With the novel coronavirus emerging in late 2019, the attention of Western governments and international NGOs was dominated by the COVID pandemic in 2020, upending everything from domestic policies to international assistance priorities. The Devex funding database reveals more than $20.5 trillion has been committed to the global COVID-19 response from January to November 2020, with around $186 million for the Middle East and North Africa (MENA) region. Does this prioritization of COVID align with challenges facing the people of the region? Conversations with local peacebuilders expose that although the COVID cases might increase in 2021, pressing socioeconomic needs continue to trump concerns about the pandemic.
The January 3, 2020 U.S. drone strike that killed powerful Iranian commander Qassem Soleimani on Iraqi soil marked an escalation in already simmering U.S.-Iran tensions. For Iraqi leaders, the Soleimani strike exacerbated an already challenging balancing act in maintaining Baghdad’s relationships with the United States and Iran, with whom it shares a long border and religious and social ties. During the past tumultuous year for Iraq, U.S. forces and Iranian-allied armed groups engaged in tit-for-tat attacks in Iraq. USIP’s Elie Abouaoun and Sarhang Hamasaeed look at how U.S.-Iran tensions played out last year in Iraq and the region and if the incoming U.S. administration, and its desire to reengage in nuclear talks with Iran, could help allay the impact on Iraq.
Over two months later, there are still more questions than answers regarding the Beirut explosion that killed over 200 people and damaged large swaths of Lebanon’s capital city. Meanwhile, the fallout from the explosion has forced the resignation of Lebanon’s government, which had already been under fire after months of protests over corruption and a deteriorating economy. USIP’s Elie Abouaoun and Osama Gharizi look at where the blast investigation stands, what’s holding up the formation of a new government, and what a new outbreak of COVID-19 means for Lebanon.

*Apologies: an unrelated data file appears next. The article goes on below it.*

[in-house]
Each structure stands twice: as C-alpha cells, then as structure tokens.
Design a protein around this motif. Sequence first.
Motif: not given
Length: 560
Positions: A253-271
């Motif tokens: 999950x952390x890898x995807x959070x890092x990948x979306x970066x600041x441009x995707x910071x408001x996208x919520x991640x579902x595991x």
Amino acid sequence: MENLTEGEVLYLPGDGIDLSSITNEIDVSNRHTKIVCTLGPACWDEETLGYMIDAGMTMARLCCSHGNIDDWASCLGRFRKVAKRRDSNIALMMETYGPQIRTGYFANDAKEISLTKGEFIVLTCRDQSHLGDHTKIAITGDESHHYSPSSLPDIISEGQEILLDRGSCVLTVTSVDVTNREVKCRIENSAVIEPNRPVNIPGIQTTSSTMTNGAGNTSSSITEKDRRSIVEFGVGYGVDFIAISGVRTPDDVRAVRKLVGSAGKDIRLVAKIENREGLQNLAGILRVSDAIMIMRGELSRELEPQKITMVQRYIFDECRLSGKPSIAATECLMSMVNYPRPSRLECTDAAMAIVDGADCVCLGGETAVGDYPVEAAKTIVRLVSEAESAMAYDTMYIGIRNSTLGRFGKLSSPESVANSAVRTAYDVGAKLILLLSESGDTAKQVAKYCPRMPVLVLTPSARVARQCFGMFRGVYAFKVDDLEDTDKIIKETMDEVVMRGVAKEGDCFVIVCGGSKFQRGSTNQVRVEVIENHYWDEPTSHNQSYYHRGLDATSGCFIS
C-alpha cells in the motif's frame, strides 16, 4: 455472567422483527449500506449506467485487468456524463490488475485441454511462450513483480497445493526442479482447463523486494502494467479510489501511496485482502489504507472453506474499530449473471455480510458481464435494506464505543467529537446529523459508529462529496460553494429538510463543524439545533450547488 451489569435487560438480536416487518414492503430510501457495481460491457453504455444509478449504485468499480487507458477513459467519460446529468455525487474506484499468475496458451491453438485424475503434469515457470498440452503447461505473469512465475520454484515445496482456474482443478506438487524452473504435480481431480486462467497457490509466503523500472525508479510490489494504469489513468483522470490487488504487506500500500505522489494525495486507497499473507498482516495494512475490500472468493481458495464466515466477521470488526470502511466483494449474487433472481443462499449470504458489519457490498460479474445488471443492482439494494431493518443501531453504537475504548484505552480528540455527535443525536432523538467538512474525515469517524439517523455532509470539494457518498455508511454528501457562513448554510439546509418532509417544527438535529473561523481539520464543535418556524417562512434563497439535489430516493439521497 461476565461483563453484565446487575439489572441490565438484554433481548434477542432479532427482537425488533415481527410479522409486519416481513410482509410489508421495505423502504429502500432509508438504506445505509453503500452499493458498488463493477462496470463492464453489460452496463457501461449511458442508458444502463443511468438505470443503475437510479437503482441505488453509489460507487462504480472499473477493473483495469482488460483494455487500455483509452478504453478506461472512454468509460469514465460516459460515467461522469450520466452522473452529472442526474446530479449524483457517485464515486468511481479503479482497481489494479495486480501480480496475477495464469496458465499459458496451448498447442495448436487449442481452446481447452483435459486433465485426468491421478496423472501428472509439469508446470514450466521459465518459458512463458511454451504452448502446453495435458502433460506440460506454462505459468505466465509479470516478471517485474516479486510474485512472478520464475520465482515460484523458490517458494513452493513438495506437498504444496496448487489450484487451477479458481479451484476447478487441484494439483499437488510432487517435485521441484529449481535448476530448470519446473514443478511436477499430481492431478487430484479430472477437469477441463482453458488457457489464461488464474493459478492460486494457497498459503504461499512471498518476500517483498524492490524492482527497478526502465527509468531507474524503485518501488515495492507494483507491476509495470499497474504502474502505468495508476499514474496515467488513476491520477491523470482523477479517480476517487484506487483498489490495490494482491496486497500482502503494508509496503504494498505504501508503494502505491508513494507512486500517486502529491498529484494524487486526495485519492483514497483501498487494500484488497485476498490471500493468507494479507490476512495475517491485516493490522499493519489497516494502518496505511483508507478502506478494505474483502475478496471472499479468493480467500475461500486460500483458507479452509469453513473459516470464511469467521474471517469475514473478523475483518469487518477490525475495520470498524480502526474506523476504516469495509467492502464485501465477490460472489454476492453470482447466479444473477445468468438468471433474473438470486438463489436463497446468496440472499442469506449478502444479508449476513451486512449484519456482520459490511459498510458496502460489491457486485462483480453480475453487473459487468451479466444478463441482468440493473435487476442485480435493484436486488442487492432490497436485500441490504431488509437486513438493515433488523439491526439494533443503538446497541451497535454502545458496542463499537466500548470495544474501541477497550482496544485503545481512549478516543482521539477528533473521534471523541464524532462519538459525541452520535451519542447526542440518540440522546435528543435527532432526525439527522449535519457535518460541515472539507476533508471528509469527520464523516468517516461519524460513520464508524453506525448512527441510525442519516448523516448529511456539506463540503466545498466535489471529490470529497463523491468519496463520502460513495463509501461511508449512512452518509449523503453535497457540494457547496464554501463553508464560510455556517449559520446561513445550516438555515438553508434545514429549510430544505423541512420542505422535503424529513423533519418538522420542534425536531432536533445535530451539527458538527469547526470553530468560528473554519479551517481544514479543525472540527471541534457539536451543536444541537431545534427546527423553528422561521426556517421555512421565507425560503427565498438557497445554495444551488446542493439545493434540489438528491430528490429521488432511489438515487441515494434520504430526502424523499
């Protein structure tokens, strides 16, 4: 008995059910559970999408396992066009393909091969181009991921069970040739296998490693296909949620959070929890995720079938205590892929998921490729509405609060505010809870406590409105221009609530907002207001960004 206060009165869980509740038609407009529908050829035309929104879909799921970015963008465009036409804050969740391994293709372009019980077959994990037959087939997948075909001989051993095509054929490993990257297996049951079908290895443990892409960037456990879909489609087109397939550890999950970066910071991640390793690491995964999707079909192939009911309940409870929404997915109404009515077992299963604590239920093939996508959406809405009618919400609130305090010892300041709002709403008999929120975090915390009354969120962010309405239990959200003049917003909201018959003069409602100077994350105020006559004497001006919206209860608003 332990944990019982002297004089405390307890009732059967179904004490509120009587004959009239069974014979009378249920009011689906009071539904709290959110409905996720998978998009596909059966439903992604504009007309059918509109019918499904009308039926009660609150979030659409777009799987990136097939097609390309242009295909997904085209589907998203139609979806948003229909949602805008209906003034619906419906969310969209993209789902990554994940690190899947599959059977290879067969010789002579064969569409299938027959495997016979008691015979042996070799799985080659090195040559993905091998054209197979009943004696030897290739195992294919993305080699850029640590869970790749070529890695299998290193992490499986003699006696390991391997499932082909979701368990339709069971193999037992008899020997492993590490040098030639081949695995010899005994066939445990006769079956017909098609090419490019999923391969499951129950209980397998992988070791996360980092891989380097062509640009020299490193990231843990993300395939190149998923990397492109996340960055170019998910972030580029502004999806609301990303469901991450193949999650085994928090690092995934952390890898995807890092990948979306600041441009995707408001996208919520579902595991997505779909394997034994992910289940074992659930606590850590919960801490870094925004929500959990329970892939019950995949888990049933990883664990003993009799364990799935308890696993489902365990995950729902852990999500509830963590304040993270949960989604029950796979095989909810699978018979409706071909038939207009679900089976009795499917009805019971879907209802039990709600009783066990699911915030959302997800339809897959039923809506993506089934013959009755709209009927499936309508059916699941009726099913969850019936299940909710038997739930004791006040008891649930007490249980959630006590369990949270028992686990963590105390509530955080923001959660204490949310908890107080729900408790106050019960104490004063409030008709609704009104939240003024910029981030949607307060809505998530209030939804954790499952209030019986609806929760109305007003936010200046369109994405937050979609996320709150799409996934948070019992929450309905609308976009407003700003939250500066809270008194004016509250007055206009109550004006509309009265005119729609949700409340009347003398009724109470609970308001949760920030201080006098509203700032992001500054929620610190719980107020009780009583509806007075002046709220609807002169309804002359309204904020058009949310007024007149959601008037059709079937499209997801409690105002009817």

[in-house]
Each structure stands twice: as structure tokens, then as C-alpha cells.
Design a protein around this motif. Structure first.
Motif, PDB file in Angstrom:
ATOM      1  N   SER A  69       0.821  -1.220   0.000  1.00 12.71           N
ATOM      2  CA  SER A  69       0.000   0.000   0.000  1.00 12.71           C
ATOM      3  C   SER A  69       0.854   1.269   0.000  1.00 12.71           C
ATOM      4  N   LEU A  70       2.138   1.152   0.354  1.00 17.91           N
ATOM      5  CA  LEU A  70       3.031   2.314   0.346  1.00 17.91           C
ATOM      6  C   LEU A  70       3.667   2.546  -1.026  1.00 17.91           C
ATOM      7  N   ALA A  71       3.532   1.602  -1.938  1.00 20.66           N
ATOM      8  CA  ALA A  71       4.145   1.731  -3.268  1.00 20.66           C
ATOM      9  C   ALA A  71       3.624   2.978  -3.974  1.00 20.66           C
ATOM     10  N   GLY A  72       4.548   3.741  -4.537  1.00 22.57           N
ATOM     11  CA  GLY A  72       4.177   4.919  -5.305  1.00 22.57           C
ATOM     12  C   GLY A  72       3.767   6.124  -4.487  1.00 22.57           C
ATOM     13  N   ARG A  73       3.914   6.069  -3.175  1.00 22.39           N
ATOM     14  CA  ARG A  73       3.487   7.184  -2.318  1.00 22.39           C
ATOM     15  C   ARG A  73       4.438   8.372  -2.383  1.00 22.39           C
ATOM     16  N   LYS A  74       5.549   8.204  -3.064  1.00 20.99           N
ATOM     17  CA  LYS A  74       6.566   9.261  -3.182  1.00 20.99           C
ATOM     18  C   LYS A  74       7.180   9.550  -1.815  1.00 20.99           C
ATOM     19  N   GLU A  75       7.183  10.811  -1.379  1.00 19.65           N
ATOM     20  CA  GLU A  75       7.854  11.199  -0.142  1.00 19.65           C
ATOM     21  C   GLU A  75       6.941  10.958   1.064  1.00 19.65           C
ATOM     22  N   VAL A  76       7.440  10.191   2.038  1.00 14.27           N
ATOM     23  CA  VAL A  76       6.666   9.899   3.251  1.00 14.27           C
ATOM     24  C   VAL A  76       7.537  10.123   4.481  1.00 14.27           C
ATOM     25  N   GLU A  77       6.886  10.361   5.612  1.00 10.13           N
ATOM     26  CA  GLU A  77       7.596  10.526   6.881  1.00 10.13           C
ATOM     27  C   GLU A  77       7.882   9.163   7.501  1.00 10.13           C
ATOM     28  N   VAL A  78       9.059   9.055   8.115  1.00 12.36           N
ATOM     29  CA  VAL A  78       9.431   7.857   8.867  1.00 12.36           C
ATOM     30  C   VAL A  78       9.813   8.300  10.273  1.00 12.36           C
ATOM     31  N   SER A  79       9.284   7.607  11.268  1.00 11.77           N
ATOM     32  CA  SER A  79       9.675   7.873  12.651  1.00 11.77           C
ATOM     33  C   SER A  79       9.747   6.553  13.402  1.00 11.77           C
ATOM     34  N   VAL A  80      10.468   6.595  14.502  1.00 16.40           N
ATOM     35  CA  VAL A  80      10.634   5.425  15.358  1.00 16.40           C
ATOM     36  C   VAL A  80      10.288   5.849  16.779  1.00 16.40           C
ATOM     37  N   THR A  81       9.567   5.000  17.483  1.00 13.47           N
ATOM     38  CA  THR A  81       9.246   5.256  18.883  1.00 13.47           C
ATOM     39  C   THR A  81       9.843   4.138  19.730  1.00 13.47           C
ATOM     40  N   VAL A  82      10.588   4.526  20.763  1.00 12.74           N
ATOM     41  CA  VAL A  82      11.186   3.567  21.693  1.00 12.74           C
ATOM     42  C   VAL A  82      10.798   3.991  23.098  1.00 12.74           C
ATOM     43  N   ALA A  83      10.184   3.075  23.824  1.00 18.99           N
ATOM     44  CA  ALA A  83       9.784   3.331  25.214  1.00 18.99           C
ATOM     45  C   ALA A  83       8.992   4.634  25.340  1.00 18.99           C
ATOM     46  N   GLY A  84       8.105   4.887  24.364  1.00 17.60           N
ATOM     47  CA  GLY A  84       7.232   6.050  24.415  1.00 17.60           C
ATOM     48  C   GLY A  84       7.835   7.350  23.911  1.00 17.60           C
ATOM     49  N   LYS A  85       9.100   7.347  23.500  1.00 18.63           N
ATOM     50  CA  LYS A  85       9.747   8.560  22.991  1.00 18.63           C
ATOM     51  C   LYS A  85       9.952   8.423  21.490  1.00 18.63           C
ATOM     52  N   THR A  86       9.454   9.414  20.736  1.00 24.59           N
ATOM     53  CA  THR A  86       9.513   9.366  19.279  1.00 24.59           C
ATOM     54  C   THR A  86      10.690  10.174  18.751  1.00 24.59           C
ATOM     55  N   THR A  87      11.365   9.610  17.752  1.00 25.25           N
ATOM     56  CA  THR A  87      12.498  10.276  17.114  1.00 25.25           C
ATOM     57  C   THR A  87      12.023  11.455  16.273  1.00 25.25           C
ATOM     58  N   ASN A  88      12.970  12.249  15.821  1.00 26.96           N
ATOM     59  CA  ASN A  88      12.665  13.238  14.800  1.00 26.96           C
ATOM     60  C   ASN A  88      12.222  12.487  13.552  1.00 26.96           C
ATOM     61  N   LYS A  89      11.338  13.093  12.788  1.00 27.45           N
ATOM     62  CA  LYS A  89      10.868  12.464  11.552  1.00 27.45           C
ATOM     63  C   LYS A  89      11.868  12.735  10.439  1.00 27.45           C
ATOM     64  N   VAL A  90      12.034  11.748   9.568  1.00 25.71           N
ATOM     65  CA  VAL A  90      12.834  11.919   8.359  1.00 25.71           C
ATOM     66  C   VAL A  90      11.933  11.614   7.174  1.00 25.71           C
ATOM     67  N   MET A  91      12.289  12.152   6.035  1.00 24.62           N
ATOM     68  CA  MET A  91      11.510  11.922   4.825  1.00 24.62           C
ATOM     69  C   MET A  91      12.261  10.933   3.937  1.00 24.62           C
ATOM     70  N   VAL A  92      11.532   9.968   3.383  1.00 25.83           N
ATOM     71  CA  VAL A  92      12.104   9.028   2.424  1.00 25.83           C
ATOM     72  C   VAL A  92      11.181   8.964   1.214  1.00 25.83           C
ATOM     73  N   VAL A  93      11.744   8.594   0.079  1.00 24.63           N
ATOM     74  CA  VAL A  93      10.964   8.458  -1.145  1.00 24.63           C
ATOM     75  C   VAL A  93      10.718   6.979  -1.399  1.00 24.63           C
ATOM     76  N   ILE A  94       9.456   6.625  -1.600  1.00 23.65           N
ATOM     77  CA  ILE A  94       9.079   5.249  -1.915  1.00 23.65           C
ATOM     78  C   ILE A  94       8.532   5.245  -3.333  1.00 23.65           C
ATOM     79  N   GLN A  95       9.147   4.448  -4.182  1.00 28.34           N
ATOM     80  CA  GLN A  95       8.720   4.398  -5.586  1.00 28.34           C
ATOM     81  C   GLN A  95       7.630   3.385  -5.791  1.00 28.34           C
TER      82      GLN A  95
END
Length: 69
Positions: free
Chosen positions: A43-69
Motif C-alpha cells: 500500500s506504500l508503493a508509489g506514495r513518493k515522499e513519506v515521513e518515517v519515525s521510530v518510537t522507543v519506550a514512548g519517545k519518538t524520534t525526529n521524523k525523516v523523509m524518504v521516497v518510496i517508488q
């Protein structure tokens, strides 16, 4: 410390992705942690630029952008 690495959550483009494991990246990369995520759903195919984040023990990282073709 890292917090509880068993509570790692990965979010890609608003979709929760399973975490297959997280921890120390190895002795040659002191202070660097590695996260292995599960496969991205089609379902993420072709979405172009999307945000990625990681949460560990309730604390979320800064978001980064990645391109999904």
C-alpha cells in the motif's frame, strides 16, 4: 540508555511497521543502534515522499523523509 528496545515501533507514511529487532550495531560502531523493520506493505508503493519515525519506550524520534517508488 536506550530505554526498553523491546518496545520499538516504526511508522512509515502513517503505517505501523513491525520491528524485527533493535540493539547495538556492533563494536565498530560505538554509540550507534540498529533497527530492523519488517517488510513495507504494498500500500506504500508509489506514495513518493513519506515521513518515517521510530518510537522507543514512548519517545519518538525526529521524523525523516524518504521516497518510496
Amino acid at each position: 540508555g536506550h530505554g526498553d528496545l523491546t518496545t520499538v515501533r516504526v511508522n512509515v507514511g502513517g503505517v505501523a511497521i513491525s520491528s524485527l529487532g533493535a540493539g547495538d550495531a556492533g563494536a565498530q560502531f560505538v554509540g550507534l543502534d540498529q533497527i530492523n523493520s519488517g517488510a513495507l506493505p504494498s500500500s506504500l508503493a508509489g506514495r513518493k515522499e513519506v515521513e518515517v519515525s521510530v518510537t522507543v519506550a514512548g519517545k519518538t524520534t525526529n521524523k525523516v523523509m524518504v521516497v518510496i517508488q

Iraqis hit the streets in unprecedented numbers last October, calling for political and economic reforms, greater job opportunities for youth, and better government services. In the year since, the country has been rocked by a number of developments, including growing U.S.-Iran tensions playing out on Iraqi soil, the COVID pandemic, and increasing citizen disenchantment with the country’s political system and its sectarian foundation. USIP’s Sarhang Hamasaeed and Elie Abouaoun look at where Iraq’s protest movement stands today, the economic impact of COVID, the prime minister’s call for early elections, and U.S.-Iraq relations.
As Iraq’s government struggles to build stability in the face of economic decline, COVID, political protest and periodic violence, it may see new hope for some maneuvering room in its narrow political space between the United States and Iran. One day after U.S. and Iranian officials agreed through intermediaries to work toward restoring the 2015 accord over Iran’s nuclear program, American and Iraqi diplomats announced an intent to remove U.S. combat forces from Iraq. Both initiatives face deep uncertainties. But if successful they could widen Iraq’s difficult path toward peace.